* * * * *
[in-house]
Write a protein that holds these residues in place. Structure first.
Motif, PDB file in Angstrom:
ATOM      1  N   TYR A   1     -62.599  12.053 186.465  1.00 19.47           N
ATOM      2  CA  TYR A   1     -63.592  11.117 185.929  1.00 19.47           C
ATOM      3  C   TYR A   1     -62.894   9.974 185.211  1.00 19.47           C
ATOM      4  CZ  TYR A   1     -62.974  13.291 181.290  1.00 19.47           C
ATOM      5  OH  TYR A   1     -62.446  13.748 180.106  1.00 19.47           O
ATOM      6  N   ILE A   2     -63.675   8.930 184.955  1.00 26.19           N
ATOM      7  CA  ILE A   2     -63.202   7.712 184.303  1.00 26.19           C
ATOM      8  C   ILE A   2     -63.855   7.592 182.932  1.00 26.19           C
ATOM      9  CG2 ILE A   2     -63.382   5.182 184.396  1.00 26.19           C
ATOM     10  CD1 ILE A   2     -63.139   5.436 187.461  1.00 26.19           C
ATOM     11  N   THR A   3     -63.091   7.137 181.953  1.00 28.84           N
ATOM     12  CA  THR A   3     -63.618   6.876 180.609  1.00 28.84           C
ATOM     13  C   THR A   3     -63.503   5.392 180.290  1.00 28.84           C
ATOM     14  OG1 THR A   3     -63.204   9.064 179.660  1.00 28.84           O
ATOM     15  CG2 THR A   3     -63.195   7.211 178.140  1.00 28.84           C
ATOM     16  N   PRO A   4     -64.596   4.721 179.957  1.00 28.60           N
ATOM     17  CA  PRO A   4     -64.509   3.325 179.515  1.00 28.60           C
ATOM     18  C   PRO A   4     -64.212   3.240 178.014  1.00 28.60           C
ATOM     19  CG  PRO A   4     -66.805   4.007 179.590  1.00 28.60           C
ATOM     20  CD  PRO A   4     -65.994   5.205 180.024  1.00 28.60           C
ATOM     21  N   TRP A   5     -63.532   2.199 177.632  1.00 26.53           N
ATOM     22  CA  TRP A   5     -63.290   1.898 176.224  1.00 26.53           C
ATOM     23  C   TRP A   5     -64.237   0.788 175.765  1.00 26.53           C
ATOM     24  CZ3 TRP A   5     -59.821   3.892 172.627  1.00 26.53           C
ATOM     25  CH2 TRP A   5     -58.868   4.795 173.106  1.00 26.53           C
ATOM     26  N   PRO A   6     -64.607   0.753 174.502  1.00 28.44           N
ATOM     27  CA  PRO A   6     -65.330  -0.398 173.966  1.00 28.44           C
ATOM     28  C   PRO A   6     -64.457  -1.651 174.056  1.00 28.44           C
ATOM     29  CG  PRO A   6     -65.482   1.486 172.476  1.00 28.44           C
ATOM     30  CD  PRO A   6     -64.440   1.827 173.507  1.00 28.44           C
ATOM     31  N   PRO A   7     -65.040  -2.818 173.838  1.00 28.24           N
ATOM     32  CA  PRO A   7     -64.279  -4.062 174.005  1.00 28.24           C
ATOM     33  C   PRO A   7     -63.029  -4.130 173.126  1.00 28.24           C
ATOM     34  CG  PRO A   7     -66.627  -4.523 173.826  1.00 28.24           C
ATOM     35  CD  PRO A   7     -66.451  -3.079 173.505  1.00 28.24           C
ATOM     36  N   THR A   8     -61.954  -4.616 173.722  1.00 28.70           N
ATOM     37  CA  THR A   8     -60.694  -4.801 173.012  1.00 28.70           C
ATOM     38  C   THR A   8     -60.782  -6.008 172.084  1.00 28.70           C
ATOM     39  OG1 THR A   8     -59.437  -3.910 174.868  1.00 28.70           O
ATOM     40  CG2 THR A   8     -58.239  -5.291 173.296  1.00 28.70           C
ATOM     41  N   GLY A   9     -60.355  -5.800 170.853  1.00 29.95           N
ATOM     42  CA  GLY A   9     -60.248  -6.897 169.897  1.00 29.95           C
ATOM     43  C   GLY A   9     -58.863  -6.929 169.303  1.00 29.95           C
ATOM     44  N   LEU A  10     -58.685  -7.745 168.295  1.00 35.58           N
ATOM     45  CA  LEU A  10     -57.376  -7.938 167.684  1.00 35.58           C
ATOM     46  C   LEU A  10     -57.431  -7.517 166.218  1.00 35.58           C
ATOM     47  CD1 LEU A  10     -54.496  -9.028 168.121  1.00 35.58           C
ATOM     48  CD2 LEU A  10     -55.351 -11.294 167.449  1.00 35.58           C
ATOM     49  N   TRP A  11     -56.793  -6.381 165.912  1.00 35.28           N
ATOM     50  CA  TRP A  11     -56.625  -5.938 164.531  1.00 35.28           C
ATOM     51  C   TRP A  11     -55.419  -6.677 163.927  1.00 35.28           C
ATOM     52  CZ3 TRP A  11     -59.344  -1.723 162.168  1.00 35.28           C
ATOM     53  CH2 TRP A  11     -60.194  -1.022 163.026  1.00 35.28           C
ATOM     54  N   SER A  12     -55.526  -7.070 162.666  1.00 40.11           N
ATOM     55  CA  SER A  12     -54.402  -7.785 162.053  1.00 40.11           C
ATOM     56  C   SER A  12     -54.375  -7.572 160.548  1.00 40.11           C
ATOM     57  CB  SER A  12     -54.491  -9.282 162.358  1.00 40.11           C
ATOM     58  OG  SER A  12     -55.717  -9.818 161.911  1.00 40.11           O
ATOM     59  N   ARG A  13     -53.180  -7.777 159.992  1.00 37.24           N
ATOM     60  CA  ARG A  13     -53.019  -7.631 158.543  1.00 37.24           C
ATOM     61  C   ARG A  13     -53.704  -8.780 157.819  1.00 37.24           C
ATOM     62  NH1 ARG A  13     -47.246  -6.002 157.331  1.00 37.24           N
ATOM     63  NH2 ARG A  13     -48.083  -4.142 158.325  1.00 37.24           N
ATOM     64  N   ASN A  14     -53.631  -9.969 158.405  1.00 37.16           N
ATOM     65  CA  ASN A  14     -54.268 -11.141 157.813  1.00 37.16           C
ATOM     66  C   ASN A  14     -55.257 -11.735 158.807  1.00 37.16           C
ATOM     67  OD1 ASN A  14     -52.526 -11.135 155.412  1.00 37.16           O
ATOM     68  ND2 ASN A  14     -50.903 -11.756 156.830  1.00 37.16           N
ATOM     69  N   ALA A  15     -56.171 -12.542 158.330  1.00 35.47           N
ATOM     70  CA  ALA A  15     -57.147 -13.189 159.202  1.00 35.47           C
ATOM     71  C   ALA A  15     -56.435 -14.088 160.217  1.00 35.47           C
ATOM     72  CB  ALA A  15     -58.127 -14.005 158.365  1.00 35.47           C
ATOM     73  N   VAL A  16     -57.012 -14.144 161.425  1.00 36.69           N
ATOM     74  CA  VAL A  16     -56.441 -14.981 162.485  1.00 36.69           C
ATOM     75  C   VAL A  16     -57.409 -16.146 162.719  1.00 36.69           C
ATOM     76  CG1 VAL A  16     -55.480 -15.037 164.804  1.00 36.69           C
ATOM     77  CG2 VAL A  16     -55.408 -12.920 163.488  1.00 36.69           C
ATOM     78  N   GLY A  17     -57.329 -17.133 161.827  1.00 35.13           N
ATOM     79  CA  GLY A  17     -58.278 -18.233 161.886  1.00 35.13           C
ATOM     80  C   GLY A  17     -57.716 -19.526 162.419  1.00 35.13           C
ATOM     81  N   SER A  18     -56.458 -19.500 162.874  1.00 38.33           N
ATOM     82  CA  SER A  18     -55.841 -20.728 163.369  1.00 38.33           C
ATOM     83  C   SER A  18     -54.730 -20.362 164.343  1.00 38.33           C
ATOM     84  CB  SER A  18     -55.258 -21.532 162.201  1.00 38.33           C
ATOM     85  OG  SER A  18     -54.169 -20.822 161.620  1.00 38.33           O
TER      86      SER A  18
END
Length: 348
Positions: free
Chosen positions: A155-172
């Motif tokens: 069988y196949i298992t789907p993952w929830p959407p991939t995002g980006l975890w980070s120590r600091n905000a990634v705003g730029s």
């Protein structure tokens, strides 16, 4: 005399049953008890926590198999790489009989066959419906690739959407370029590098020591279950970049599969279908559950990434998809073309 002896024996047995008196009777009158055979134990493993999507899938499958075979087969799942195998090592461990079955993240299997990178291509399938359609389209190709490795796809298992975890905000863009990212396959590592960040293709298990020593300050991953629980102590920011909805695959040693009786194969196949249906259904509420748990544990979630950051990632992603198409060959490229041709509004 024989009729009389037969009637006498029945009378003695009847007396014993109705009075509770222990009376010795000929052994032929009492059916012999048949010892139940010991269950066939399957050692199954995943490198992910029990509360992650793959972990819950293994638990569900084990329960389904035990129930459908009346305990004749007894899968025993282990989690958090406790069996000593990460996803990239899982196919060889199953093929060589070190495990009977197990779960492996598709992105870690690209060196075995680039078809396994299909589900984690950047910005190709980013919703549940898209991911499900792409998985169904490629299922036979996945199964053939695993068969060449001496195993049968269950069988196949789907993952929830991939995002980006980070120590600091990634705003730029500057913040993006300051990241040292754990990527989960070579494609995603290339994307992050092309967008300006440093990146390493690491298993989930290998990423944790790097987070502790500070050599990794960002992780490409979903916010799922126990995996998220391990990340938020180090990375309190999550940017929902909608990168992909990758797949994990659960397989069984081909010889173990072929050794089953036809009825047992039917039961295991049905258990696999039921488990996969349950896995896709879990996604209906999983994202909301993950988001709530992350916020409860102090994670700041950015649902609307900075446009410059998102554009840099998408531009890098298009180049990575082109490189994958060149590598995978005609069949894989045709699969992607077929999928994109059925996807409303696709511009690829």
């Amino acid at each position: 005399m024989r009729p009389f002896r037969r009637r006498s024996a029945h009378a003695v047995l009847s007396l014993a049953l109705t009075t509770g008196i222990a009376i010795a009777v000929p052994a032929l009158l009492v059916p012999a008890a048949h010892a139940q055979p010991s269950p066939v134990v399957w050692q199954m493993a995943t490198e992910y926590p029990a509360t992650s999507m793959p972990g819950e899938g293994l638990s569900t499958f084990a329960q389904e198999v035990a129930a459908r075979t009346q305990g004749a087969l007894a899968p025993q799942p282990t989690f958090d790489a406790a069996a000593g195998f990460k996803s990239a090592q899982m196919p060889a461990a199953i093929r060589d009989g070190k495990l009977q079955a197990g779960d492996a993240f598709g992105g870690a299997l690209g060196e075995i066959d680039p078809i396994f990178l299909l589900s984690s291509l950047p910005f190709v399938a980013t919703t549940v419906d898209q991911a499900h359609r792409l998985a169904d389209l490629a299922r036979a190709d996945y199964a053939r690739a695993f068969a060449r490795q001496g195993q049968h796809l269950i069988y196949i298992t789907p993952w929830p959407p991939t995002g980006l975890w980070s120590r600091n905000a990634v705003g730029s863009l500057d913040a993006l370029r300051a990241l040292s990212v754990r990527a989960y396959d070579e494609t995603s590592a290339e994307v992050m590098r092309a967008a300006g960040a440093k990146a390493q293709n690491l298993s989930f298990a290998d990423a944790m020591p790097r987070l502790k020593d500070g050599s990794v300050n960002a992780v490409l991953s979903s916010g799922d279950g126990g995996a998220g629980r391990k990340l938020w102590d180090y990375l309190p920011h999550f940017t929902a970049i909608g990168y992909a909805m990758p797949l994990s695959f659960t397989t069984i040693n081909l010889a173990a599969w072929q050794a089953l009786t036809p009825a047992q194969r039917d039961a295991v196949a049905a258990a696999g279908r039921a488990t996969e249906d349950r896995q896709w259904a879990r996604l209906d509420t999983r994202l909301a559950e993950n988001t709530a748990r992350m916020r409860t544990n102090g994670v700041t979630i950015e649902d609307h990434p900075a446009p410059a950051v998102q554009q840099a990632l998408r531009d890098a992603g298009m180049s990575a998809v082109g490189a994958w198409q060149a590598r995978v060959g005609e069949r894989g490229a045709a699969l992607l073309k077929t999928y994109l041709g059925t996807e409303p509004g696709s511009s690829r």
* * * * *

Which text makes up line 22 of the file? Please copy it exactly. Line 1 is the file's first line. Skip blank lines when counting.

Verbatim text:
ATOM     19  CG  PRO A   4     -66.805   4.007 179.590  1.00 28.60           C